A.K.A. – Using PowerShell Aliases

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An interesting capability baked into the PowerShell environment is alias commands. Much like we can find in IOS (The Cisco one that is) and with other CLI environments, there are short commands available to save you some typing during your day-to-day scripting.

Aliases can be found very easily with the Get-Alias CmdLet. The resulting output of the Get-Alias CmdLet is a table of aliases and their associated full CmdLet name.

There are a few different opinions about using aliases versus using full command syntax. My preference for writing scripts is to use full CmdLet structure. This is for readability, and because quite often I’m sharing my code with my peers who may have less familiarity with the commands. With that said, I do use aliases in the interactive shell to save time.

Aliases that conflict with commands

This is something that you may discover if you were used to using the command line for administration with other tools like the Windows Resource Kit, or even with native command line tools that came with Microsoft Windows.

An example of this is the SC.EXE tool. This is the Service Control utility which was a Resource Kit tool with Windows 2000, but was packaged into the OS in recent releases. You can use this to start, stop, install, uninstall and perform other management tasks with Windows services.

The challenge with this comes when you are using the PowerShell command shell there is a conflict. In PowerShell SC is an alias for the  Set-Content CmdLet.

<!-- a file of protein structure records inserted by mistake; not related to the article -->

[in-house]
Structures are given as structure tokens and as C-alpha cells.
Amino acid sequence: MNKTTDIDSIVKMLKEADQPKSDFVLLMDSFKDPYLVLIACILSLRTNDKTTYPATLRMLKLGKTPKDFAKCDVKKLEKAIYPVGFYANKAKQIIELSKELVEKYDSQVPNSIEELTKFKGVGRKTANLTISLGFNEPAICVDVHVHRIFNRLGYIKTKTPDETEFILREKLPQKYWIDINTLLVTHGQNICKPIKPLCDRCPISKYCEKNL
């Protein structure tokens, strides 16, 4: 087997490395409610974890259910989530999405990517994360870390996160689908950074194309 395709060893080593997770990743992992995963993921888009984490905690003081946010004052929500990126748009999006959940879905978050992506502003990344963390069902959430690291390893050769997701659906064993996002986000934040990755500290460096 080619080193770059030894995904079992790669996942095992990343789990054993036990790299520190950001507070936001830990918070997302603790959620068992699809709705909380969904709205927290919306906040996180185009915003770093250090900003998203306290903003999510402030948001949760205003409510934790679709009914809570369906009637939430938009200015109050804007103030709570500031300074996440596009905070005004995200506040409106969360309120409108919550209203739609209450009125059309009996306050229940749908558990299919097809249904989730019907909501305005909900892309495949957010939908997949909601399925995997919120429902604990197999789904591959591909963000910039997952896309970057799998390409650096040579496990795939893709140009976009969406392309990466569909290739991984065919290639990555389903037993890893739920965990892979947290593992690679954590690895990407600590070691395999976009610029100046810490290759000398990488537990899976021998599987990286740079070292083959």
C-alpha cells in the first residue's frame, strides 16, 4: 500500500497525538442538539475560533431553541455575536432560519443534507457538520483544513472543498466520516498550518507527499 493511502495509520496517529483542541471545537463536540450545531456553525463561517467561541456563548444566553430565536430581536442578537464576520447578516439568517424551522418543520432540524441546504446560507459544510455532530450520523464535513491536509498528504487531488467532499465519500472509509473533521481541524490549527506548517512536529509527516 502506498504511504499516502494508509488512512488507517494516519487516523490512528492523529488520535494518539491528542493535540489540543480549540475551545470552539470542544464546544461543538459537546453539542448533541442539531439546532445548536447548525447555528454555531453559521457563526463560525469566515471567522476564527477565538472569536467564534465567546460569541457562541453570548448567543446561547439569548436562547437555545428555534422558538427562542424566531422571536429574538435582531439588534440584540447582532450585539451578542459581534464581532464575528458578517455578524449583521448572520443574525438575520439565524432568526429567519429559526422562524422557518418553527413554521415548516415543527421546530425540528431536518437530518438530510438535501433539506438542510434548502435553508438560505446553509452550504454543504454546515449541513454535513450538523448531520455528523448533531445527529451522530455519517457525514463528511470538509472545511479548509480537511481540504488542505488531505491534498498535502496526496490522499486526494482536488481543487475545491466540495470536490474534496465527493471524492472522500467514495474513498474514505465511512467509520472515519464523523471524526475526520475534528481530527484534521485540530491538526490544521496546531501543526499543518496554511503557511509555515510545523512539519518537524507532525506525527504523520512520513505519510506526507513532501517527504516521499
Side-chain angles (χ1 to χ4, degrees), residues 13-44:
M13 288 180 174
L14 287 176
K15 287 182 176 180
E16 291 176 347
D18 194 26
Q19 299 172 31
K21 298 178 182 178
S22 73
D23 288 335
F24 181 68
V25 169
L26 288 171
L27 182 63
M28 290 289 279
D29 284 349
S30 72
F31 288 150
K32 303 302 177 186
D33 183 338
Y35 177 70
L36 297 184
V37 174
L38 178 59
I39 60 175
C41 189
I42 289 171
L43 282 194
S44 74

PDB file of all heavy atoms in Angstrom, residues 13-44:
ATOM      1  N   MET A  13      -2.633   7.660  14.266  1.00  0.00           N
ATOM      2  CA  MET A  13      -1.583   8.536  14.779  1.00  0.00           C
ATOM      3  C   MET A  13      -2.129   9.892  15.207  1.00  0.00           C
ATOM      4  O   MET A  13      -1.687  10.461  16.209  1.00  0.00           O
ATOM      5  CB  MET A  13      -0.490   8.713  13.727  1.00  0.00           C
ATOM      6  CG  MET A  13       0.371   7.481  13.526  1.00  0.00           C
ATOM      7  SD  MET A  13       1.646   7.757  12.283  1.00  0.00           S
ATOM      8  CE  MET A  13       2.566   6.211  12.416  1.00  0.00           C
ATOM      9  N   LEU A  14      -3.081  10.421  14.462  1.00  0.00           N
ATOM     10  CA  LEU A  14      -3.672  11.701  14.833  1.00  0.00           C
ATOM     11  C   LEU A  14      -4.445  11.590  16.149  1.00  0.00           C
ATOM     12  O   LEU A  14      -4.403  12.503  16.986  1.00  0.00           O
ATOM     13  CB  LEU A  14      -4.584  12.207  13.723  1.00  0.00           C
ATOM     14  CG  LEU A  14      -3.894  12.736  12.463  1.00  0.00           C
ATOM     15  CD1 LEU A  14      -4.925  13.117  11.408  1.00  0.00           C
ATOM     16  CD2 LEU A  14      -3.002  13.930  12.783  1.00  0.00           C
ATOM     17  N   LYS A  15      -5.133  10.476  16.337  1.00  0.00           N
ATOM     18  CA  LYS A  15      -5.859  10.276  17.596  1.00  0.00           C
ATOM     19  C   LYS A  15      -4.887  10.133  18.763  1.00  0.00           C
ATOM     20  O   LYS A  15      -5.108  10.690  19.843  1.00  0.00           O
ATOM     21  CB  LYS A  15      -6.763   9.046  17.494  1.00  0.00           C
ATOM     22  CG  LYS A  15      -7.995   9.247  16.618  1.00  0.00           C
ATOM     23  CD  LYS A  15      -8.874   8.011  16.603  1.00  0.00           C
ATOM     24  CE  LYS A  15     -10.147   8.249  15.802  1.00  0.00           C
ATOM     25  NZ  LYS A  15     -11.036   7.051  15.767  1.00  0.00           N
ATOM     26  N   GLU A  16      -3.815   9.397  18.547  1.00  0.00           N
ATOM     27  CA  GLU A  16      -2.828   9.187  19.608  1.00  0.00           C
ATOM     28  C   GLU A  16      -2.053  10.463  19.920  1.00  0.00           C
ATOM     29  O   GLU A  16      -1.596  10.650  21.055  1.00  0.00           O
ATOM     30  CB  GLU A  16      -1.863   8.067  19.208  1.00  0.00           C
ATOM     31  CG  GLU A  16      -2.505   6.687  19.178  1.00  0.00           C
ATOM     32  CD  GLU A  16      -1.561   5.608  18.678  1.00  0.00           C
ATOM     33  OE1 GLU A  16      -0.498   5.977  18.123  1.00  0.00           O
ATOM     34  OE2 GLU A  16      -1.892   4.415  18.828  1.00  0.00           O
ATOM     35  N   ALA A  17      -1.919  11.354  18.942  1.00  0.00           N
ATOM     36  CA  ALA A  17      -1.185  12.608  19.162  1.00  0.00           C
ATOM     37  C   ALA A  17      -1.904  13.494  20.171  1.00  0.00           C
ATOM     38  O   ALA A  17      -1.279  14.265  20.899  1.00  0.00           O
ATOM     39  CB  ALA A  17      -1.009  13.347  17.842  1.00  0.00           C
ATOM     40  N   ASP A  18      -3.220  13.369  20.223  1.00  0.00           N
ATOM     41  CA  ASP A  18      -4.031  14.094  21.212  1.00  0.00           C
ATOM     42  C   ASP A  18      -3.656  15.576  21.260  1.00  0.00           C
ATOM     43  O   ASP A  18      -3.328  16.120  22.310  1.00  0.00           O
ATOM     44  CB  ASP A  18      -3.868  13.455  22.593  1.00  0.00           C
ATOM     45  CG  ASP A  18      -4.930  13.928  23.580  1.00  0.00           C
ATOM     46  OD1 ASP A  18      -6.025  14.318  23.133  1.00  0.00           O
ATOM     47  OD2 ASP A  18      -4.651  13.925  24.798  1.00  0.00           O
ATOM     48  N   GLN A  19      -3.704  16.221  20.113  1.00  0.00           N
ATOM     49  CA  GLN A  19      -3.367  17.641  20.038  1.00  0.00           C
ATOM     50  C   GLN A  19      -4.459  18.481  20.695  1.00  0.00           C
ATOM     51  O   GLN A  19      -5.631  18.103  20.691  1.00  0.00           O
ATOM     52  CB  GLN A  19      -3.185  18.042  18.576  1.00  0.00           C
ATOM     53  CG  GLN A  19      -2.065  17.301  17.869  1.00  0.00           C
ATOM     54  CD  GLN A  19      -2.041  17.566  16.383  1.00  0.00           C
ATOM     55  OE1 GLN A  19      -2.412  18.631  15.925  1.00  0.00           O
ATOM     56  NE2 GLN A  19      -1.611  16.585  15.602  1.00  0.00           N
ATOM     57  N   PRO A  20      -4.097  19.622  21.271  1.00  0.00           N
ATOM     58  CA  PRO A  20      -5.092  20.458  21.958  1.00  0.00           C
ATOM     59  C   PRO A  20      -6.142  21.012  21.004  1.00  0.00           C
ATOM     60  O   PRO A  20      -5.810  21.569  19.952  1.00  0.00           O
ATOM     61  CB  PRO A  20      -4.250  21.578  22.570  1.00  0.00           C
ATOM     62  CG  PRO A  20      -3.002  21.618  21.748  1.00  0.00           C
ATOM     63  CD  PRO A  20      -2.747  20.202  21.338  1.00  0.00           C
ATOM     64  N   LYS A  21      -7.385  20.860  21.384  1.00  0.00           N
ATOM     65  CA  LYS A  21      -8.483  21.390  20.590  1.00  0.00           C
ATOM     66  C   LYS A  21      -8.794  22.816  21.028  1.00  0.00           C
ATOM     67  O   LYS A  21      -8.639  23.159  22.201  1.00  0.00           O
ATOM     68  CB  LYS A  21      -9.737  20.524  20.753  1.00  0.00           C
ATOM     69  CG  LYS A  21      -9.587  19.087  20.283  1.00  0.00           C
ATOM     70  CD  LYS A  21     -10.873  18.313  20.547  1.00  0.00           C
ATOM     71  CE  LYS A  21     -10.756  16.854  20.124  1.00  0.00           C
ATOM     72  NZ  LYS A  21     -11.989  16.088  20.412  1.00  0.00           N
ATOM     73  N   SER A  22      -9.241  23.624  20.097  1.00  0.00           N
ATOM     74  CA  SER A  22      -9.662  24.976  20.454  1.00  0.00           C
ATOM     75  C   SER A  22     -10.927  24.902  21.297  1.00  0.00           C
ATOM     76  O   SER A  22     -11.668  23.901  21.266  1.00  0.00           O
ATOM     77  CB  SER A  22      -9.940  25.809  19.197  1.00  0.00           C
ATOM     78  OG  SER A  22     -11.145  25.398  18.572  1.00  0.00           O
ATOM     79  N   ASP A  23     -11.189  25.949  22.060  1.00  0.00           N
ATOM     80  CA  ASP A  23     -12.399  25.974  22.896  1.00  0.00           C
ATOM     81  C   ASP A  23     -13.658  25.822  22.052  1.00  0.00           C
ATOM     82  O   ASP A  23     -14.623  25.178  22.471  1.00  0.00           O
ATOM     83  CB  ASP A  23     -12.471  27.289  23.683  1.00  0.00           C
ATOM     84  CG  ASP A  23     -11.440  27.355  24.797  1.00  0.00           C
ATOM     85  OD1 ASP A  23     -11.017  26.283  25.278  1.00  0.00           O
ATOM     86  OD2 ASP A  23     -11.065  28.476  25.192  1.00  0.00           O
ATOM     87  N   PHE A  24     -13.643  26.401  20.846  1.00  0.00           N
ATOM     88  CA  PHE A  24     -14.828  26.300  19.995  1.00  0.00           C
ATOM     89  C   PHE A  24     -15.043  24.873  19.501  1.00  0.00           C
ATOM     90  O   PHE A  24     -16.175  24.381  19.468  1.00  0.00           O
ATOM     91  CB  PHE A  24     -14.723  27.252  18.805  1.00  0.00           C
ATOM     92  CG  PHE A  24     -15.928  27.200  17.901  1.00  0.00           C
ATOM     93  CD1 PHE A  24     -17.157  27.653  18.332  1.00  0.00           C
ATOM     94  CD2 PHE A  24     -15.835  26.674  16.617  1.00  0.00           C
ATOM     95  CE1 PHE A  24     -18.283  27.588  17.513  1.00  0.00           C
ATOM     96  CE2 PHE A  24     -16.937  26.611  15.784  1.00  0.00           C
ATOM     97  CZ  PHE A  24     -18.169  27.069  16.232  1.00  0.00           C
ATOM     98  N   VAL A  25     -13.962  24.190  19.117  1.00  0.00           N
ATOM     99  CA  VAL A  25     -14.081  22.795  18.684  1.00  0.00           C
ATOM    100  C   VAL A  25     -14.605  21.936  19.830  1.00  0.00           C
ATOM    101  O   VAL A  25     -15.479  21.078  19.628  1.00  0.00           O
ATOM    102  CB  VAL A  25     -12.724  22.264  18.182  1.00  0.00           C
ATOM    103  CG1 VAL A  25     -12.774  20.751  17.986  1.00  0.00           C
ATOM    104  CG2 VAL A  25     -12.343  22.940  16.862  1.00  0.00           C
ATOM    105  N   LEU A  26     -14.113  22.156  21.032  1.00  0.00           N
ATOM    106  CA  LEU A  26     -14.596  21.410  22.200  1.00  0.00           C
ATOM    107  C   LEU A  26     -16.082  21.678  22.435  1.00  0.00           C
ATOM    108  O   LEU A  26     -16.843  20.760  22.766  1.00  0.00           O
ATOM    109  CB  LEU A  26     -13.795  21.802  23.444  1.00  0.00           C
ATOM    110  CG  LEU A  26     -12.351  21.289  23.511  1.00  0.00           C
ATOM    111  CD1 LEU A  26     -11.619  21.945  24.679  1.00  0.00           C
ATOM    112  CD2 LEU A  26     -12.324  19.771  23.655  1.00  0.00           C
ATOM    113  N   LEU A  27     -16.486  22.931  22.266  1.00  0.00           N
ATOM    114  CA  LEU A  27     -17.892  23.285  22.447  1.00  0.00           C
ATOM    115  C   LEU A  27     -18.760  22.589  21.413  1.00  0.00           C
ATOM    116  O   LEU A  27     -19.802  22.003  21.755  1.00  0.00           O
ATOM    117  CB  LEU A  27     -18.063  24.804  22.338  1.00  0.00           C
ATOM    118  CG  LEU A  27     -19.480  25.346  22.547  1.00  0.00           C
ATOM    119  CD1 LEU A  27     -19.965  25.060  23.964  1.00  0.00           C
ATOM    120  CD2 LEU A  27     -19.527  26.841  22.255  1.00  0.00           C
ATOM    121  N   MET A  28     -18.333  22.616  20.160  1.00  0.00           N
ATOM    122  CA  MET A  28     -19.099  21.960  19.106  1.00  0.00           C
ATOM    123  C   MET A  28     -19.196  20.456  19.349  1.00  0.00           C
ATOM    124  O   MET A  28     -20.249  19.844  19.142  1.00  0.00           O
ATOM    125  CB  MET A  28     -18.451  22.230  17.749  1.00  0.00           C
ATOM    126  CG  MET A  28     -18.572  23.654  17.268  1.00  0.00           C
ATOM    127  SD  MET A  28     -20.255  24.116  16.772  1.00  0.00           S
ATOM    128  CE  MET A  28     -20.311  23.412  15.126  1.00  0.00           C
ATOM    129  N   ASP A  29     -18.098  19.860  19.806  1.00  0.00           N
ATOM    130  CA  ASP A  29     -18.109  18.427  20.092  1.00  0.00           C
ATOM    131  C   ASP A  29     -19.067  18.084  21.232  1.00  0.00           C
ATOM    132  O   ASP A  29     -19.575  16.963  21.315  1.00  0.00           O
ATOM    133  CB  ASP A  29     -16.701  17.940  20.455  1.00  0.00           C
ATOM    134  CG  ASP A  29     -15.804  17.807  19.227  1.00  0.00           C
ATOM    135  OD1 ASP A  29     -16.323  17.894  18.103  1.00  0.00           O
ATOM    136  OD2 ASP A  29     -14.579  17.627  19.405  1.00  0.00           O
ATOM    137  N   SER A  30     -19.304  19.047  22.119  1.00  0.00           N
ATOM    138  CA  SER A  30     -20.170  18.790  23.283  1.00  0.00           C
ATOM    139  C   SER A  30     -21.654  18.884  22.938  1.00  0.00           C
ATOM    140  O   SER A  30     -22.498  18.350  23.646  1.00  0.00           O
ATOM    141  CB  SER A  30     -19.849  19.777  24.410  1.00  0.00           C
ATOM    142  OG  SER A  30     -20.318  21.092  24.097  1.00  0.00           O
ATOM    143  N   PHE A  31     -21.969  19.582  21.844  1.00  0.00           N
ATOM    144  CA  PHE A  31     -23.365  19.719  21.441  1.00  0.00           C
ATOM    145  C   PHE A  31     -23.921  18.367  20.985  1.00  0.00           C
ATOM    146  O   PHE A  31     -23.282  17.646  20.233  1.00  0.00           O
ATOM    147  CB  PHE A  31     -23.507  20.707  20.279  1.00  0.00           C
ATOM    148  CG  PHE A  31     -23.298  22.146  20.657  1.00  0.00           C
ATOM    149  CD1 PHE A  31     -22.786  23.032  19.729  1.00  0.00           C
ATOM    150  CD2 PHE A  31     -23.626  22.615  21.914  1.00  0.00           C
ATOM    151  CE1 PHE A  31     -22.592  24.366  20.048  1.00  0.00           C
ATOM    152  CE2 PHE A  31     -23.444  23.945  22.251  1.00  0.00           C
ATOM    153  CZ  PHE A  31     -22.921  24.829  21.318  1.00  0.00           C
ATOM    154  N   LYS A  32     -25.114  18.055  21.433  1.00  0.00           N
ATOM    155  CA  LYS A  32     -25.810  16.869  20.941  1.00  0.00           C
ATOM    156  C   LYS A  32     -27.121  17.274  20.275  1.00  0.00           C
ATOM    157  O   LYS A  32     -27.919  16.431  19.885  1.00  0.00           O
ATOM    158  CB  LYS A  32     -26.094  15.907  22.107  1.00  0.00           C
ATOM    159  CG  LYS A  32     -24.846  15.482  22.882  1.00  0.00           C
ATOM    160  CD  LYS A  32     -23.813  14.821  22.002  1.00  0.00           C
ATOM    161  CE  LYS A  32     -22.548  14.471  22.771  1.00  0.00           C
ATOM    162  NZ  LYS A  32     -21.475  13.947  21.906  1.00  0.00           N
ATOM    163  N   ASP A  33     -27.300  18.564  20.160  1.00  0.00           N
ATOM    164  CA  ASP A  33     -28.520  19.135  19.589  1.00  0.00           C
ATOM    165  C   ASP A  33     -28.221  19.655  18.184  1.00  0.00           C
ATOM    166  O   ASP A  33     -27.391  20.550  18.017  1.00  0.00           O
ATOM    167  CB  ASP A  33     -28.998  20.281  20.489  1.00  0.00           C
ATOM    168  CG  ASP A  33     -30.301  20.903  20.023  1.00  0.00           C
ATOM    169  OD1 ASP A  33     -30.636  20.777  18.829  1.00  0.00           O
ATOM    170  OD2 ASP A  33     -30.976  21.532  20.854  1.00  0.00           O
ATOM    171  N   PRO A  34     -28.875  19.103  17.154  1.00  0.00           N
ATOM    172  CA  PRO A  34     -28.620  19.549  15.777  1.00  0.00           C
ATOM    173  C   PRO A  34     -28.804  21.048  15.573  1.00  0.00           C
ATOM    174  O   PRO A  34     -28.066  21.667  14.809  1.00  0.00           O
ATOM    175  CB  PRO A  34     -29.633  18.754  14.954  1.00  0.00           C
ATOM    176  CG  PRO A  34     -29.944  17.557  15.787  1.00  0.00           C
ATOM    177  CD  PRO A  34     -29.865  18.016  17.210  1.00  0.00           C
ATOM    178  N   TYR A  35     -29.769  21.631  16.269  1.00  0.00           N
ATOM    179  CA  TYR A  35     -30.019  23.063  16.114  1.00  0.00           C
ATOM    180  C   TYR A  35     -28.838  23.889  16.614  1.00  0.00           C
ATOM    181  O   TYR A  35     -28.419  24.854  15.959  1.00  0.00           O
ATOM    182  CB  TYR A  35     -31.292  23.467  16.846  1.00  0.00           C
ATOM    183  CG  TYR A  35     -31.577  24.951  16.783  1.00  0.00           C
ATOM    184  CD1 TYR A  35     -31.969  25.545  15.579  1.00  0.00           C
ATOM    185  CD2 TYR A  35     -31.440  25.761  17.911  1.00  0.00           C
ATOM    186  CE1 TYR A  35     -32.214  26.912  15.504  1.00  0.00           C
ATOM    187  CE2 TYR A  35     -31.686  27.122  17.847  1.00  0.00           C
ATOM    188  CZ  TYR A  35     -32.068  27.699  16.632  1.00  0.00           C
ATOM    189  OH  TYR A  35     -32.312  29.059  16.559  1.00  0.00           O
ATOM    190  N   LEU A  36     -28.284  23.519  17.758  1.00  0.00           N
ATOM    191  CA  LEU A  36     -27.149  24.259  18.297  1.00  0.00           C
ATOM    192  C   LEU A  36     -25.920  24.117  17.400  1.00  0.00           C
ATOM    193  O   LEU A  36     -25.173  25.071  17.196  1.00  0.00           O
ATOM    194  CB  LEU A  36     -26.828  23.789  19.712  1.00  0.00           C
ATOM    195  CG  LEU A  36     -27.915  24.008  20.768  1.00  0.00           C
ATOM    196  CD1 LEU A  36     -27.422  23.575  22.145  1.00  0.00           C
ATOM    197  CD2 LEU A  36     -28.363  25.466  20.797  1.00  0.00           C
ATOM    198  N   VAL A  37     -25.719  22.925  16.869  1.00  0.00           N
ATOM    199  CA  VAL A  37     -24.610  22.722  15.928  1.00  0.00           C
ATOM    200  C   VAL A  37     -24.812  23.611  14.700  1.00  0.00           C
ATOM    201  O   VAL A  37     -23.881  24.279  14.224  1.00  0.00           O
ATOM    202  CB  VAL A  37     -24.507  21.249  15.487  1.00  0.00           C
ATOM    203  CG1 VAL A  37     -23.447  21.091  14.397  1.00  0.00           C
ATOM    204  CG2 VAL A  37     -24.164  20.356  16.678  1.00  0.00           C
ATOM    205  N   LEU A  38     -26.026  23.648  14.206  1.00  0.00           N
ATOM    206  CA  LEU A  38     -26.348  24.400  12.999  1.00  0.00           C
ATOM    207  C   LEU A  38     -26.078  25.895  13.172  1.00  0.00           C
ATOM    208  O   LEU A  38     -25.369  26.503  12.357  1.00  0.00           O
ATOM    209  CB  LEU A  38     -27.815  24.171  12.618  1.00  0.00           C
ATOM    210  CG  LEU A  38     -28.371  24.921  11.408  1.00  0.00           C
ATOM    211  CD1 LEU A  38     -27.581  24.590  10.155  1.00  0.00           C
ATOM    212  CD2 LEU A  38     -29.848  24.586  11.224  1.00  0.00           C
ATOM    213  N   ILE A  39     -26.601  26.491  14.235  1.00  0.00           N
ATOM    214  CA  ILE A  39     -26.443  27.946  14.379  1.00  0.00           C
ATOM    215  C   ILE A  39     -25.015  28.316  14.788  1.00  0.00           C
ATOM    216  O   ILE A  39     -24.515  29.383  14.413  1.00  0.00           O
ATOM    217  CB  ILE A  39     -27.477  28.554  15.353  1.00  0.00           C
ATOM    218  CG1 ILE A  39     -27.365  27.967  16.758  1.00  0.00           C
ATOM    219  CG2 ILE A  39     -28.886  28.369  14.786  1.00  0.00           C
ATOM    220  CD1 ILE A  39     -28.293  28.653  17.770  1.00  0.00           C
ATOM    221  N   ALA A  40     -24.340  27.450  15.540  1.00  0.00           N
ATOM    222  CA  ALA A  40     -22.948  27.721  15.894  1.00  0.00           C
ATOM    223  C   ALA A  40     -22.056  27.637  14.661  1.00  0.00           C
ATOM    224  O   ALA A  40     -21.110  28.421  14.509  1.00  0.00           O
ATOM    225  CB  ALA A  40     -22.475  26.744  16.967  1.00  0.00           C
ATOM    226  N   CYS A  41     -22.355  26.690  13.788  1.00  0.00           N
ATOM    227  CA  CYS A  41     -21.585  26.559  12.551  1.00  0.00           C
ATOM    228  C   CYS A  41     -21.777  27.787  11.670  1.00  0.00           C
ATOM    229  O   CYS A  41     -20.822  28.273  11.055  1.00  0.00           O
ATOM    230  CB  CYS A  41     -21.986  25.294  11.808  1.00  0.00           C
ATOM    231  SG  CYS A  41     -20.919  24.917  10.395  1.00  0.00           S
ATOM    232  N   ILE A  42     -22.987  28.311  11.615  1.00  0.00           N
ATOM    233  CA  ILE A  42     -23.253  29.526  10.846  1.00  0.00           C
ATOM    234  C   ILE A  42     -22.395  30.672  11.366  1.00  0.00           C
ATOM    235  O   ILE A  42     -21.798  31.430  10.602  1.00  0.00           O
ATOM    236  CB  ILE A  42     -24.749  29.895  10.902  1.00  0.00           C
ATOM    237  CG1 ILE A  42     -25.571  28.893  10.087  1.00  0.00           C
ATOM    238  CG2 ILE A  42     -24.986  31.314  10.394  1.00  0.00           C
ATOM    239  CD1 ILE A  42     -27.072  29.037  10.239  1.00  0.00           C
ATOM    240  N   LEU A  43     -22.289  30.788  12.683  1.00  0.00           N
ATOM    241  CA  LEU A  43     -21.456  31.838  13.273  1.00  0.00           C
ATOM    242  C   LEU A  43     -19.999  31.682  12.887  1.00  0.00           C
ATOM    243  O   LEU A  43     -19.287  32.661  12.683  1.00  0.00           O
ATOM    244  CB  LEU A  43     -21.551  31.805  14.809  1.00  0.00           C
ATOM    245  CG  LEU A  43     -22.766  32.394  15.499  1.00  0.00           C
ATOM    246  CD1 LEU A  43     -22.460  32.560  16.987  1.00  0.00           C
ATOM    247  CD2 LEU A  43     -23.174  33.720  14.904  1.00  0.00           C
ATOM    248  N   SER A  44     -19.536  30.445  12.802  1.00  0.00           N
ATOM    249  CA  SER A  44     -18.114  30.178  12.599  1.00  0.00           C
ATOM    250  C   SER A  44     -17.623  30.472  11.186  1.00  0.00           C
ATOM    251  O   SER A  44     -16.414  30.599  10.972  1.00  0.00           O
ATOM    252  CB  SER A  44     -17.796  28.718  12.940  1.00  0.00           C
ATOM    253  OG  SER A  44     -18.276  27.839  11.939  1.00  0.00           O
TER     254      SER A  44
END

Traditional DOS command shell

In a regular DOS shell (cmd.exe) we run the SC command and get the expected results because it locates the SC.EXE in the system path as we see here:

PowerShell command shell

In the PowerShell session we get a different result because the priority to PowerShell CmdLets and functions trumps the Windows path and this is the result when we try to use the SC command:

This is one example, but there are others that you may encounter depending on what tools you use. The workaround is to test your scripts thoroughly, and where conflicts occur, you should use the Invoke-Expression CmdLet referring to the literal path to the executable file.

Setting your own Aliases

One of the creative ways to leverage PowerShell is to create your own aliases for commands and functions. For those who are new to PowerShell, this may not be the first thing that you run to, but once you begin to expand your PowerShell toolkit to include your own functions you will quickly find that aliases can add that extra layer of awesome to your shell.

As an example, I want to create a function named DiscoPosse which will search the current directory for a file which contains the phrase DiscoPosse in the file name.

function DiscoPosse { dir . | where { $_.name -match “DiscoPosse” } }

And once we define our function, we can call it by typing the function name in the shell as seen below:

Another cool feature is that once we define a new function you can use the auto-complete by typing the first part of the command (e.g. discop) and then hitting the Tab key to complete the command.

Let’s say that I want to assign the alias diggity to my new DiscoPosse function. The way to do this is to use the Set-Alias CmdLet with the syntax of Set-Alias <alias name> <command name> as follows:

Set-Alias diggity DiscoPosse

Now we test out our alias by typing diggity in the PowerShell command line to see the results:

Pretty cool isn’t it? Once again we can also use the Tab auto-complete capability because it also extends into aliases.

I hope that this is a useful tip, and in a future post I’ll delve further into how you can back up and restore your custom aliases to allow you to transfer them from machine to machine. In the spirit of “less is more” you will learn to love aliases as a part of the great PowerShell toolkit.

DiscoPosse

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